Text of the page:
Durrani, Anayat and Ely, Dina (compiled) - Islam in the United States - Suite101, 2004
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Of the plethora of negative imagery which has come to be associated with Islam after the September 11 attacks on the USA, one stands out starkly: Muslims and Islam are supposed to be abusive to their womenfolk. Females in Muslim countries are not allowed to vote and testify in court, if married, must veil themselves in public, can be divorced off-hand and unilaterally, cannot drive cars, inherit or own property, or express their sexuality and are subject to punishments more severe than males for the same offenses. The Muslims in the West (in the United states and Europe) are thought to be only marginally better disposed towards the weaker sex.
Are these facts or stereotypes?
The latter, asserts author Anayat Durrani - and only one of many. Muslims are demonized because they are different and because of widespread ignorance regarding their faith, culture, and social mores. Islamophobia is partly the fault of biased, rating-driven, or outright hostile reporting in the media. Why identify the religion of terrorists? - she demands to know.
Perhaps because most terrorists happen to be Muslims, is the reasonable answer. Facts - even unpleasant facts - are not stereotypes. This is the weakness of this fascinating, slender, collection of articles. It swings too wildly to the other side of the divide.
There is no question that the vast majority of Muslims are peaceful and kind and that their religion, Islam, is beautiful (I have grown up with Muslims as had my father, so I happen to know it first hand). True enough, only a deranged minority of fringe groups abuse Islam by associating it with militancy. But to say that all is well in the lands of Islam, that the faith requires no reform, that there is no justification to associating terrorism with it - is going way to far and counterfactual.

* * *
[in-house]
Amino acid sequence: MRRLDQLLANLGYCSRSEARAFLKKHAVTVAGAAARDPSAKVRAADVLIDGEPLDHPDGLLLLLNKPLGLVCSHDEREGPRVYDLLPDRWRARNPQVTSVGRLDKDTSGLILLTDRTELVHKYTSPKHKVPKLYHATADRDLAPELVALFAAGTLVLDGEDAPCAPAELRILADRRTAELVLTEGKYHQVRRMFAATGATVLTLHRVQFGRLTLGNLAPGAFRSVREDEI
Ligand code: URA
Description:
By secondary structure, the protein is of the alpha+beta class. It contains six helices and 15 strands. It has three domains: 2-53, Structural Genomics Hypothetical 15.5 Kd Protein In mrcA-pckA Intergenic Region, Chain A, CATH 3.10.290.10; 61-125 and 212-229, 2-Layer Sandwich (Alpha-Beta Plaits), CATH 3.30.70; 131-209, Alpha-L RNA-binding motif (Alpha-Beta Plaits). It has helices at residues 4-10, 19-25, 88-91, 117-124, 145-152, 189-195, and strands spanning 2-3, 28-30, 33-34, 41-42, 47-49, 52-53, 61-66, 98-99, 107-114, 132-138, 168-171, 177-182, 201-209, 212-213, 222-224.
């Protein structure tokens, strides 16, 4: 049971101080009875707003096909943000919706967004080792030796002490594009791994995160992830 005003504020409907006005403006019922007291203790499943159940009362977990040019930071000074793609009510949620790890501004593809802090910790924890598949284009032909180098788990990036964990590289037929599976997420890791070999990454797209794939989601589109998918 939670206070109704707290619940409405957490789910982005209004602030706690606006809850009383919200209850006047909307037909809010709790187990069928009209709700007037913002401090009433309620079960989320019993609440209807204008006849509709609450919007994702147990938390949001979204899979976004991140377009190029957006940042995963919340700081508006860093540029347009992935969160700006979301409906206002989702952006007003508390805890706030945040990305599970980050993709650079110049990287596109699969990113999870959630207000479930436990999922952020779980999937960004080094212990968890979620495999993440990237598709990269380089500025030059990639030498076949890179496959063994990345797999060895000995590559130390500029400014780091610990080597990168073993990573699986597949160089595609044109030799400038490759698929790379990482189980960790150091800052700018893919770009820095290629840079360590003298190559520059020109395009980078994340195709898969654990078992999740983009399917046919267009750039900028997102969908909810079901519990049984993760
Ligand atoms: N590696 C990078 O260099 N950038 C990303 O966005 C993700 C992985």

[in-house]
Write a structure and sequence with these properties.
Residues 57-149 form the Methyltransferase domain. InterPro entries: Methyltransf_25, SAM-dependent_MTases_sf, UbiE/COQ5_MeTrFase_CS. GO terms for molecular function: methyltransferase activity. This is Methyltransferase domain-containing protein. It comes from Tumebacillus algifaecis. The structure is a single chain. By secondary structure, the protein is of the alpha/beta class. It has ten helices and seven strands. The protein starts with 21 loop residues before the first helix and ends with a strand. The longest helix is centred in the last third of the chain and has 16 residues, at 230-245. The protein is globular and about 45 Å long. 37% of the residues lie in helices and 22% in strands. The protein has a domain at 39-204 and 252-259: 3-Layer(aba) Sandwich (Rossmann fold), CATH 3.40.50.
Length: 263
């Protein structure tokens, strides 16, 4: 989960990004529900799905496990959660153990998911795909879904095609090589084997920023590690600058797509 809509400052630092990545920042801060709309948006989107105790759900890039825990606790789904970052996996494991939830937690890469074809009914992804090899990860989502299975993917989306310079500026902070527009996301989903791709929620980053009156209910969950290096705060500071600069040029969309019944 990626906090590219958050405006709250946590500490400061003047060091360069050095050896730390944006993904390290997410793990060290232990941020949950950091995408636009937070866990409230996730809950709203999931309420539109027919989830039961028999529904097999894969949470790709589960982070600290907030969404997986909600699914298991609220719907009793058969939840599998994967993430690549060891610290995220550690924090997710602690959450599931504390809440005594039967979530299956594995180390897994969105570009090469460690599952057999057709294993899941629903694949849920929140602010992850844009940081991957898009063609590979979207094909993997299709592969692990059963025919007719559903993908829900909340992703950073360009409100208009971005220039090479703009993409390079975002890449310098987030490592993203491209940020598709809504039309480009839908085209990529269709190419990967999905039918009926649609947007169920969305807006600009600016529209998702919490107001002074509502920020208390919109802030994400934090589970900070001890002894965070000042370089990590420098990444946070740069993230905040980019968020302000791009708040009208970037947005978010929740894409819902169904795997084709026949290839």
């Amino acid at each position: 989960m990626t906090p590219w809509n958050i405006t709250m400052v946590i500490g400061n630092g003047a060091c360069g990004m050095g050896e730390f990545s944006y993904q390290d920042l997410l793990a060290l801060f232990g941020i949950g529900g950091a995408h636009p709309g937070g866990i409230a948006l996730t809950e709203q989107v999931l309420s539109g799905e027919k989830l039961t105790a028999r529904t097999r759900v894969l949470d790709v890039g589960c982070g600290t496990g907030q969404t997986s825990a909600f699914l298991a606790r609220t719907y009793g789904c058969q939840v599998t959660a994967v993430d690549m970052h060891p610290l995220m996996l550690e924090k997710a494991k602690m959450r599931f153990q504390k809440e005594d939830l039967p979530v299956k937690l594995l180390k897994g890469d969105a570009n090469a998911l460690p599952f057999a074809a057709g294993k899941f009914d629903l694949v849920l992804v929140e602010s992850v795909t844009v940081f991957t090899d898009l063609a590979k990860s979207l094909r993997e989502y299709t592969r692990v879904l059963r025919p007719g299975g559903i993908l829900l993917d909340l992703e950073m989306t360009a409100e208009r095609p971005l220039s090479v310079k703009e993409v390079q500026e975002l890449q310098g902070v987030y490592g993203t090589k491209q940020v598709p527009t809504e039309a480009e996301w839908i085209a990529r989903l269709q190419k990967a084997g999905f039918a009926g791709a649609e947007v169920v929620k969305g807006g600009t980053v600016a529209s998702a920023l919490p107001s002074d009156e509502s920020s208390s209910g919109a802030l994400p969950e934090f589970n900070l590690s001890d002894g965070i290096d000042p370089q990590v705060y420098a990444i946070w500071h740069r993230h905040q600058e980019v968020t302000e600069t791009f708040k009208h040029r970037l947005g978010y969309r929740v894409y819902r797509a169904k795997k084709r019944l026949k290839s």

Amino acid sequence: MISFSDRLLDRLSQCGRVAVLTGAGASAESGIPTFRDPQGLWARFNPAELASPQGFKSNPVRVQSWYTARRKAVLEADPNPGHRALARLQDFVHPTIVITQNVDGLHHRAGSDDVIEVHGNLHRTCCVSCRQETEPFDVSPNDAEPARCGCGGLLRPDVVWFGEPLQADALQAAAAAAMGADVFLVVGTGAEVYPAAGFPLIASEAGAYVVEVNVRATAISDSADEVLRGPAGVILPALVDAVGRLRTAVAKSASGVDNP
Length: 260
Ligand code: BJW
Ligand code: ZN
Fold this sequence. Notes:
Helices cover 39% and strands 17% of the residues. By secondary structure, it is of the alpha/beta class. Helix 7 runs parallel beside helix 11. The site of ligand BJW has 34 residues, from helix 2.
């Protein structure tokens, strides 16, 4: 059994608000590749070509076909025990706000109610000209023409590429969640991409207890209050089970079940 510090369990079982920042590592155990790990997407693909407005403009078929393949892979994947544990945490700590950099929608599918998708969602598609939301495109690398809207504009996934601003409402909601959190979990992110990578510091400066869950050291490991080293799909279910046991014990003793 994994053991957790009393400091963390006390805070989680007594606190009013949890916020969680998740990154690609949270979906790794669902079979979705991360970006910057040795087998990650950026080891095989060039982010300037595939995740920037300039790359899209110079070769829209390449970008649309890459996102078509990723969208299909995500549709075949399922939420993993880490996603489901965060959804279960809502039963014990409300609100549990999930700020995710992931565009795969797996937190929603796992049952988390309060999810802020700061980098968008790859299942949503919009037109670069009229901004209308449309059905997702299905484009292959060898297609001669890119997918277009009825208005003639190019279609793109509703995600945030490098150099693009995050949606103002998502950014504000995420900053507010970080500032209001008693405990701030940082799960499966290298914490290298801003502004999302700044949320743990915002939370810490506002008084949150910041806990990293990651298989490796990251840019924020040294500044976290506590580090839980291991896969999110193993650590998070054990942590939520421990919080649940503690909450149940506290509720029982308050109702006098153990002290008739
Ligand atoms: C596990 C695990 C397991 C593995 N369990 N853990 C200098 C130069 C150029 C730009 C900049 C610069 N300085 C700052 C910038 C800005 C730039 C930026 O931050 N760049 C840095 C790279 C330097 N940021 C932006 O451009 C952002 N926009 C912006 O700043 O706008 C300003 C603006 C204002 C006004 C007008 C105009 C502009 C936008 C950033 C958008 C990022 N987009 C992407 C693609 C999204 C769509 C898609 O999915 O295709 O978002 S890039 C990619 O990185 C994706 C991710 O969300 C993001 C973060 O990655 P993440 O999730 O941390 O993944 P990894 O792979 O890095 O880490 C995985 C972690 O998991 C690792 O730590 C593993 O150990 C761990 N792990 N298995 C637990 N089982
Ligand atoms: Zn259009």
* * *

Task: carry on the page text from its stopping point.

To its credit, the author does its best to shed light on facts obscured by the pro-Israeli and pro-Jewish bias of the American media. Jerusalem, for instance, is, indeed, a holy place to Muslims. It is not a mere self-serving claim to yet more territory, as most Americans and Israelis present it. Muslim rule was always far more benign than anything the Christians had to offer.
There are numerous positive Muslim role models, such as Muhammad Ali. Muslims were among the first pioneering settlers in the colonies that now make the East Coast of the United States. Today, they are among the best educated and earn more than the American national average. Mosques are multi-purpose communal as well as religious centers.
What about women? Not in this book. Curious, considering that both author and compiler are women. Suffice it to say that the picture is far more complicated than we are led to believe. In Muslim territories, women possess many rights that are glossed over in anti-Muslim tracts, such as Oriana Fallaci's abominable diatribes. Even the veil is not what it is made out to be. It actually serves to fend off male attentions and protect the married female in a patriarchal society.
This is not to justify the all-pervasive discrimination against women in the legal and political systems of Arab countries. But this backwardness is general - not misogynistic. In many predominantly Muslim countries, women have reached the post of Prime Minister and pinnacles of business, arts, sciences, and politics. That they failed to do so in Egypt or Saudi Arabia or Iran has little to do with Islam and everything to do with venal and vile authoritarianism - an import from the West.
A good introductory text to an oft-misunderstood belief system and people.
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